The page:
Could young blood hold secrets to longer, healthier life?
In what sounds like a scene from a science fiction movie, researchers in 2005 stitched together old and young mice so they shared a circulatory system. Youthful blood seemingly rejuvenated many tissues of the elderly rodents, boosting their cognitive and physical performance. Now, scientists are examining whether certain molecules in young blood could help treat age-related diseases, according to an article in Chemical & Engineering News (C&EN), the weekly newsmagazine of the American Chemical Society.
Versions of the macabre experiment, known as parabiosis, date back to the mid-1800s, when researchers were interested in learning how conjoined organisms, like some twins, could affect each other. But recent experiments in the field of aging have reignited interest in the technique, freelance contributor Melissa Pandika writes. Now researchers are using parabiosis, in combination with modern molecular tools, to tease out which factors in young blood are responsible for the rejuvenating effects. The answers could help treat a variety of age-related disorders, such as macular degeneration and Alzheimer's disease, as well as offer hope for extending healthy lifespan.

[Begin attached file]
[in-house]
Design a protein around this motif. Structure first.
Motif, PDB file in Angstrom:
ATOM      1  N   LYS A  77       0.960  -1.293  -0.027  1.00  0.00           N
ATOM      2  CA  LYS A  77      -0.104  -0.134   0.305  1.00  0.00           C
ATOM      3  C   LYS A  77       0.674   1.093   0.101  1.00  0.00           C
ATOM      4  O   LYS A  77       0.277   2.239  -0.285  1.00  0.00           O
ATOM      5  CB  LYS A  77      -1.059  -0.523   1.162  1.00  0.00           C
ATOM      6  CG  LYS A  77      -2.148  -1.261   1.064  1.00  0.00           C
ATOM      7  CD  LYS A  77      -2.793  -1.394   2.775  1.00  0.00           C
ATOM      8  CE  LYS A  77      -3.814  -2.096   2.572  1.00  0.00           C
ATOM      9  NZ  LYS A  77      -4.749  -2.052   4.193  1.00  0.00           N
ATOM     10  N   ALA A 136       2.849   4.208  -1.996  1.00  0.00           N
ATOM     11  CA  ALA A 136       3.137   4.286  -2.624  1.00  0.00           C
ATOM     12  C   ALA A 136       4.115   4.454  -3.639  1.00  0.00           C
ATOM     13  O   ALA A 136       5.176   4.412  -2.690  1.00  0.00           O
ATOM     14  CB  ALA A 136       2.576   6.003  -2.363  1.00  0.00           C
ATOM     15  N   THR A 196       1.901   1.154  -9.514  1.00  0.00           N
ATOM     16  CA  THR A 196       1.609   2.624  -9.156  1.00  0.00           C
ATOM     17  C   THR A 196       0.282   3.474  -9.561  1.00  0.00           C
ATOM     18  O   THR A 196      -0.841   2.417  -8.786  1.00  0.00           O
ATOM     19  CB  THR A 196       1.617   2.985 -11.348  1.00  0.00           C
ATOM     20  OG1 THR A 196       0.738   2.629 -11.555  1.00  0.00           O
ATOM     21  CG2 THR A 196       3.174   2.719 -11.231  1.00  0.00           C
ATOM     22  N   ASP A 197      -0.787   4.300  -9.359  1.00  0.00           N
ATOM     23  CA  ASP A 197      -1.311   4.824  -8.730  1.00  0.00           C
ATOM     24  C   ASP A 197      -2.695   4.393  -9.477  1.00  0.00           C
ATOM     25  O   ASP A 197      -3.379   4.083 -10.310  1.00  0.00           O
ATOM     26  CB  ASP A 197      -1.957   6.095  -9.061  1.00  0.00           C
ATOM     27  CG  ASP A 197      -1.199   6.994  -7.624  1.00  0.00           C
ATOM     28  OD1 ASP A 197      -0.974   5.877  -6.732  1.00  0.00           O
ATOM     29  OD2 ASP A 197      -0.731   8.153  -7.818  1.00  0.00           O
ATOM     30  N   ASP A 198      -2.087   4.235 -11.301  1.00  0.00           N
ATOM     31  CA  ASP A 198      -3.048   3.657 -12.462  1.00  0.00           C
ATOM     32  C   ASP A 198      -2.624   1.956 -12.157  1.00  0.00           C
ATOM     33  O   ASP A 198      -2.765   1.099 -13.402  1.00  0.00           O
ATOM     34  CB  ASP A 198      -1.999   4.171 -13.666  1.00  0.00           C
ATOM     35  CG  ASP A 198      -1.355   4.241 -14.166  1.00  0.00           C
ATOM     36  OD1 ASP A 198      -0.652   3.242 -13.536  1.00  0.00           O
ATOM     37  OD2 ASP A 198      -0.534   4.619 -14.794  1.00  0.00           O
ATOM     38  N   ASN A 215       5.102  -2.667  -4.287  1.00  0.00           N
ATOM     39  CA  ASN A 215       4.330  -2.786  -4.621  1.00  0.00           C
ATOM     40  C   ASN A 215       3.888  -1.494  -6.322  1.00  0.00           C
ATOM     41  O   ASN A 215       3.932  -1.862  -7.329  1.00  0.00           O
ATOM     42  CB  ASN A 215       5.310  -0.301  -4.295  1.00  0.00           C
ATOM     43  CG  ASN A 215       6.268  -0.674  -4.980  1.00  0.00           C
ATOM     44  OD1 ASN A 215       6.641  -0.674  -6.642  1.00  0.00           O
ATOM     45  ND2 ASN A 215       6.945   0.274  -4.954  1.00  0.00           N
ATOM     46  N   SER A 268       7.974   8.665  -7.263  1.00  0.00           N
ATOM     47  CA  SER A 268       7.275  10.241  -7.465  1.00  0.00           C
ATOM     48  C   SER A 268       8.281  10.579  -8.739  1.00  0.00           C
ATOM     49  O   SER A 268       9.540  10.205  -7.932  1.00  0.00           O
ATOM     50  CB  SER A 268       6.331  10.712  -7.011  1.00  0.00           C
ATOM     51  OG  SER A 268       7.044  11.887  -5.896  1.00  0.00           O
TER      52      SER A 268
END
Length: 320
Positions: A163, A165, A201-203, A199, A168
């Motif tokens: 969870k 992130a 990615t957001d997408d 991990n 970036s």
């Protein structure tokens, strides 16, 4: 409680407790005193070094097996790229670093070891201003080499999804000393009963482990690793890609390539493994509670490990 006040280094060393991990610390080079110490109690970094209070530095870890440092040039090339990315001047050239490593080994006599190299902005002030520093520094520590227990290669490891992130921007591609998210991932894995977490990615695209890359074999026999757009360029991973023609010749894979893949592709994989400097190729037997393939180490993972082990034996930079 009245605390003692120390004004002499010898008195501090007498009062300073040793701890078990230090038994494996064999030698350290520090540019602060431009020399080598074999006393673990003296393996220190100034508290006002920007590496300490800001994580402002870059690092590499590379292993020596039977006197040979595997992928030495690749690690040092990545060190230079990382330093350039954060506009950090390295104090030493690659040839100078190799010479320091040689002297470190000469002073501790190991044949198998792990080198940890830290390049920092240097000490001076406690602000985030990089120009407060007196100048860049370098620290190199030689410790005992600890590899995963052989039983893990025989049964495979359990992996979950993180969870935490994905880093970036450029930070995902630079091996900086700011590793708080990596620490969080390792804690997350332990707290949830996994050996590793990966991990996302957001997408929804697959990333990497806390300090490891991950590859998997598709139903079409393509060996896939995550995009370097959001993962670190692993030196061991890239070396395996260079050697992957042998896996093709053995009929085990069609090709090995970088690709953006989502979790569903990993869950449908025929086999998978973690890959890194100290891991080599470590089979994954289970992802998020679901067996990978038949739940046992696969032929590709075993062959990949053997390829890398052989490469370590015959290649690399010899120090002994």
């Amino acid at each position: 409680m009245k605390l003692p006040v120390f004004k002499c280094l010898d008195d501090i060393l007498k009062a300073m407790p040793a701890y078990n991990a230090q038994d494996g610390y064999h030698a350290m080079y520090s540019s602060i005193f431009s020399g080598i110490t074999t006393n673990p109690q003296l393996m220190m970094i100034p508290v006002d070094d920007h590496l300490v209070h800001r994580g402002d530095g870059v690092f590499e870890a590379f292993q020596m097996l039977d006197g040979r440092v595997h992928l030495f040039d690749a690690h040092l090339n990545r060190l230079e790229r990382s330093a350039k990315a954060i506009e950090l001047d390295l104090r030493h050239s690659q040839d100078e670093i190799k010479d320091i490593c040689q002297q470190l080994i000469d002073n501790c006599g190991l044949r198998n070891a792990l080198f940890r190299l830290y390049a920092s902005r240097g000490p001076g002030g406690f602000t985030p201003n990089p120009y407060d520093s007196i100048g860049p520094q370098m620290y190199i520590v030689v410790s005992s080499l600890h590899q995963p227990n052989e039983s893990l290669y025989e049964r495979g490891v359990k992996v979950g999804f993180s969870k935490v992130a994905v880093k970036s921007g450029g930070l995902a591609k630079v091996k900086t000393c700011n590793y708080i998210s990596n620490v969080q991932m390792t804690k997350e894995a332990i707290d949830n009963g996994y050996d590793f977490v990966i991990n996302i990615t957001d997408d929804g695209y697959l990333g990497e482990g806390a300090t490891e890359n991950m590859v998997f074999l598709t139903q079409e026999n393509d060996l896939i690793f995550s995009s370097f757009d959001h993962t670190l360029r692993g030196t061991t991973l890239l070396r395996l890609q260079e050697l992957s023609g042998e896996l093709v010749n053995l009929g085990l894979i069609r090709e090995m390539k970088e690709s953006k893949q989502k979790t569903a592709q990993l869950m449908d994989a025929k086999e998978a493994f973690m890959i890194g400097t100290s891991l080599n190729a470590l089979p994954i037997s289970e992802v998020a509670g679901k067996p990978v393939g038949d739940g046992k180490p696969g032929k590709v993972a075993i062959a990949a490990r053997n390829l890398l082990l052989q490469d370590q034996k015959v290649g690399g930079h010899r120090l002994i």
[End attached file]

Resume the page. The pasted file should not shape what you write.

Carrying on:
Parabiosis experiments provide a way for researchers to identify proteins, metabolites and nucleic acids that change in older mice after they receive blood from their younger partners, and vice versa. For example, Saul Villeda and colleagues at the University of California, San Francisco found that after parabiosis, levels of an enzyme called Tet2 increased in aged mice, and that Tet2 regulated genes involved in the growth of neurons. When the team expressed high levels of Tet2 in mature mice who had not undergone parabiosis, the rodents showed neurogenesis similar to younger mice, and their memories improved. Other researchers are studying proteins from young blood that are involved in blood vessel formation, which is often impaired during aging. Yet another approach involves identifying and pharmacologically inhibiting proteins elevated in old mice that could be harmful to tissues. Turning back the clock on aging will likely require modifying multiple molecules, experts say.